Straight Back Syndrome; A Misleading Condition in Cardiology, Demonstrated with Magnetic Resonance Imaging

Main Article Content

Lertlak Chaothawee, MD


Straight back syndrome (SBS) is a deformed thoracic spine disease sometimes considered as a pseudo-heart disease because its pathology can prominently affect the normal function of the heart system. SBS patients often present with signs and symptoms that are similar to some cardiac diseases that hide those of the thoracic spine.1,2 Consequently, SBS has become the one of the most common misleading conditions in cardiology. Investigations for SBS are frequently performed in patients with an abnormal systolic murmur with no evidence of any cardiac-related cause. This article will detail the importance of the straight back syndrome in diagnostic cardiology and demonstrate a case with Magnetic Resonance Imaging.


Download data is not yet available.

Article Details

How to Cite
Chaothawee L. Straight Back Syndrome; A Misleading Condition in Cardiology, Demonstrated with Magnetic Resonance Imaging. BKK Med J [Internet]. 2014 Sep. 20 [cited 2023 Dec. 4];8(1):52. Available from:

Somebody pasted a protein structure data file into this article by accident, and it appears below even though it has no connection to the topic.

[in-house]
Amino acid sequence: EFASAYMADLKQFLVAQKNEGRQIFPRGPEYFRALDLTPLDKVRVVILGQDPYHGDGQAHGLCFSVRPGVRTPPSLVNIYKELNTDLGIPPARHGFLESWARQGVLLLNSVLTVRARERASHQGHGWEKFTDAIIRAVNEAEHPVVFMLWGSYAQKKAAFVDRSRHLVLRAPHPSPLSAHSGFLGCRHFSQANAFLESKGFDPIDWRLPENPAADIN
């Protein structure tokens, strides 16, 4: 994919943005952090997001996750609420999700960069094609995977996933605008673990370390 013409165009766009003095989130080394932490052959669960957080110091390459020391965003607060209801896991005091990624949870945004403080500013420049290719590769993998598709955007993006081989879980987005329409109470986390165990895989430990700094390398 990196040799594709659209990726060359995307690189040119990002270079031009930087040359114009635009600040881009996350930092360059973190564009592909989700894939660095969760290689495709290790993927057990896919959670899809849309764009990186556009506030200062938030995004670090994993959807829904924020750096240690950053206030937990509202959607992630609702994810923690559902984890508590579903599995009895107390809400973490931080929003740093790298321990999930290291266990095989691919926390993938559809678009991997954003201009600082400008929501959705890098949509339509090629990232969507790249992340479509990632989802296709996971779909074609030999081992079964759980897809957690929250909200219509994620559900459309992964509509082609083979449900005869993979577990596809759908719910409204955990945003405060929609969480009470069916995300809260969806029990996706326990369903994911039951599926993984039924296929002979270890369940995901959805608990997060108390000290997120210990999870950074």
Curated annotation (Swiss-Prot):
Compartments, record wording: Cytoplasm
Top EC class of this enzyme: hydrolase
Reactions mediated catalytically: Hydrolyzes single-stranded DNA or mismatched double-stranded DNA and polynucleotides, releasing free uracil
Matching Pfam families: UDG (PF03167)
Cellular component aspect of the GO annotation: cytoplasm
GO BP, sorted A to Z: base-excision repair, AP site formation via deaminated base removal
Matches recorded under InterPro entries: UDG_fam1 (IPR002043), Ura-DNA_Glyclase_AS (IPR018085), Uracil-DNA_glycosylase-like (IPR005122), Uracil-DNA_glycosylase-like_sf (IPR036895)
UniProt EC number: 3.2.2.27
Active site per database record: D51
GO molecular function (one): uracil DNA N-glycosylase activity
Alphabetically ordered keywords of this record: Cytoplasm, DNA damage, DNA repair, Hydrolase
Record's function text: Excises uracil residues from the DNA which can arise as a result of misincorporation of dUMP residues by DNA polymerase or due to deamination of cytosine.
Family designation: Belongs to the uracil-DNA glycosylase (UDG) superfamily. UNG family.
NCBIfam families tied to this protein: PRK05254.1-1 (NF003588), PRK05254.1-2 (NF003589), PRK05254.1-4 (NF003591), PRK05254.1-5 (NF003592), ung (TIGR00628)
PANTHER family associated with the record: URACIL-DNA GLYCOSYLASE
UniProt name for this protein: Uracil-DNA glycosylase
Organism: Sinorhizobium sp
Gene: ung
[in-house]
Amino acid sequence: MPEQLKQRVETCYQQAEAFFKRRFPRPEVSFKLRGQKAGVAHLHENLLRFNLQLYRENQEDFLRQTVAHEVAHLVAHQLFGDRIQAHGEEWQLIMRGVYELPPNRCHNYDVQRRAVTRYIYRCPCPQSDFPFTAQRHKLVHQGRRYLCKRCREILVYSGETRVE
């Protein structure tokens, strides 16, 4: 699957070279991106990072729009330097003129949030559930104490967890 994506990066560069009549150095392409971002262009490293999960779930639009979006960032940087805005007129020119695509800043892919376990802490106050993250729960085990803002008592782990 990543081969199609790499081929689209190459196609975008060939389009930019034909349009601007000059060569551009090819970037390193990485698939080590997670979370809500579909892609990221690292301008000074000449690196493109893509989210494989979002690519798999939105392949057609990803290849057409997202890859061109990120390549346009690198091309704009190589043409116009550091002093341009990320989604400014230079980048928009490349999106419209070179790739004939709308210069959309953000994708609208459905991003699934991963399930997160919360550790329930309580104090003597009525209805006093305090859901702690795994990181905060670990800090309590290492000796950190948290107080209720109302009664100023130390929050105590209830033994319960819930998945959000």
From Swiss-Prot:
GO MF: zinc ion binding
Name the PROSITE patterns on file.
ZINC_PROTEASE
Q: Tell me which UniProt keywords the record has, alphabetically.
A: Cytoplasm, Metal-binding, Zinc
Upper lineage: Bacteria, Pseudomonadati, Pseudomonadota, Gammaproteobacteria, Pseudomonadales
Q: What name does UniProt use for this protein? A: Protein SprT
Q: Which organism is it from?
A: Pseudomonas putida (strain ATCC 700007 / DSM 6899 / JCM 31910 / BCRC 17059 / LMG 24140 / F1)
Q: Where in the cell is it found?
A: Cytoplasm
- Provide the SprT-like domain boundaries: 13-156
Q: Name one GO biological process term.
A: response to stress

Case Report


1. Rawlings M.S, The “straight back” syndrome, a new cause of pseudoheart disease. Am J Cardiol 1960;5:333-8.
2. Ansari A. The “straight back” syndrome: current perspec-tive more often associated with valvular heart disease than pseudoheart disease: a prospective clinical, electro-cardiographic, roentgenographic, and echocardiographic study of 50 patients. Clin Cardio 1985;8:290-305.
3. Davies MK, Mackintosh P, Cayton RM, The straight back syndrome. Q J med 1980;49:443-60
4. Rawings MS. The straight back syndrome: a new heart disease. Dis Chest 1961;39:435-43.
5. Esser SM, Monroe MH , Littmann L. Straight back syndrome. Eur Heart J 2009;30:1752.
6. Deleon AC Jr, Perloff JK, Twigg H, The straight back syndrome: clinical cardiovascular manifestations. Circulation 1965;32:193-203
7. Grillo HC, Wright CD, Dartevelle PG, Tracheal compression caused by straight back syndrome, chest wall deformity, and anterior spinal displacement: tech- niques for relief. Ann Thorac Surg 2005;80:2057-62.
8. Gold PM, Albright B, Anani S, et al. Straight Back Syndrome: positive response to spinal manipulation and adjunctive therapy − A case report. J Can Chiropr Assoc 2013;57:143-9.
9. Kambe M. Straight back syndrome and respiratory failure. Japan Med Assoc J 2006;49:176-9.
10. Datey KK, Deshmukh MM, Engeneer SD, et al. Straight back syndrome. Br Heart J 1964;26:614-619.
11. Shamberger RC. Congenital chest wall deformities. Curr Probl Surg 1996;33:469-542.